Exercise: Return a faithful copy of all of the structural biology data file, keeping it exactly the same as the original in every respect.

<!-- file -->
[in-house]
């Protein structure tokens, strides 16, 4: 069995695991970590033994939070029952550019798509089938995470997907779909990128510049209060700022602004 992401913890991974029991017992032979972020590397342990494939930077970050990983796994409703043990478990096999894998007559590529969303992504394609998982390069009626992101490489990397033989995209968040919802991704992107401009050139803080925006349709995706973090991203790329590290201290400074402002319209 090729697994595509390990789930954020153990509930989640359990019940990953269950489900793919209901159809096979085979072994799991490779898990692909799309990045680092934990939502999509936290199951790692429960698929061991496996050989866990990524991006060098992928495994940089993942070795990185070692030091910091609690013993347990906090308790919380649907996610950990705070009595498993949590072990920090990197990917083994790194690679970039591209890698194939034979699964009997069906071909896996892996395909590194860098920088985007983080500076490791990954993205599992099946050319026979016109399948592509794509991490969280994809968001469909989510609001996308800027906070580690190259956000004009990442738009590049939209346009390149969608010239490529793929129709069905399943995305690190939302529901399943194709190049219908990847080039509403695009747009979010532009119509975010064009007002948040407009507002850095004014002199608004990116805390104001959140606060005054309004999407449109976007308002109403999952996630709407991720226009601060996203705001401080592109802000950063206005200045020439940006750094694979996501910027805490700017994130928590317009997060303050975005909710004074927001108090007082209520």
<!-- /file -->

[in-house]
């Protein structure tokens, strides 16, 4: 069995695991970590033994939070029952550019798509089938995470997907779909990128510049209060700022602004 992401913890991974029991017992032979972020590397342990494939930077970050990983796994409703043990478990096999894998007559590529969303992504394609998982390069009626992101490489990397033989995209968040919802991704992107401009050139803080925006349709995706973090991203790329590290201290400074402002319209 090729697994595509390990789930954020153990509930989640359990019940990953269950489900793919209901159809096979085979072994799991490779898990692909799309990045680092934990939502999509936290199951790692429960698929061991496996050989866990990524991006060098992928495994940089993942070795990185070692030091910091609690013993347990906090308790919380649907996610950990705070009595498993949590072990920090990197990917083994790194690679970039591209890698194939034979699964009997069906071909896996892996395909590194860098920088985007983080500076490791990954993205599992099946050319026979016109399948592509794509991490969280994809968001469909989510609001996308800027906070580690190259956000004009990442738009590049939209346009390149969608010239490529793929129709069905399943995305690190939302529901399943194709190049219908990847080039509403695009747009979010532009119509975010064009007002948040407009507002850095004014002199608004990116805390104001959140606060005054309004999407449109976007308002109403999952996630709407991720226009601060996203705001401080592109802000950063206005200045020439940006750094694979996501910027805490700017994130928590317009997060303050975005909710004074927001108090007082209520």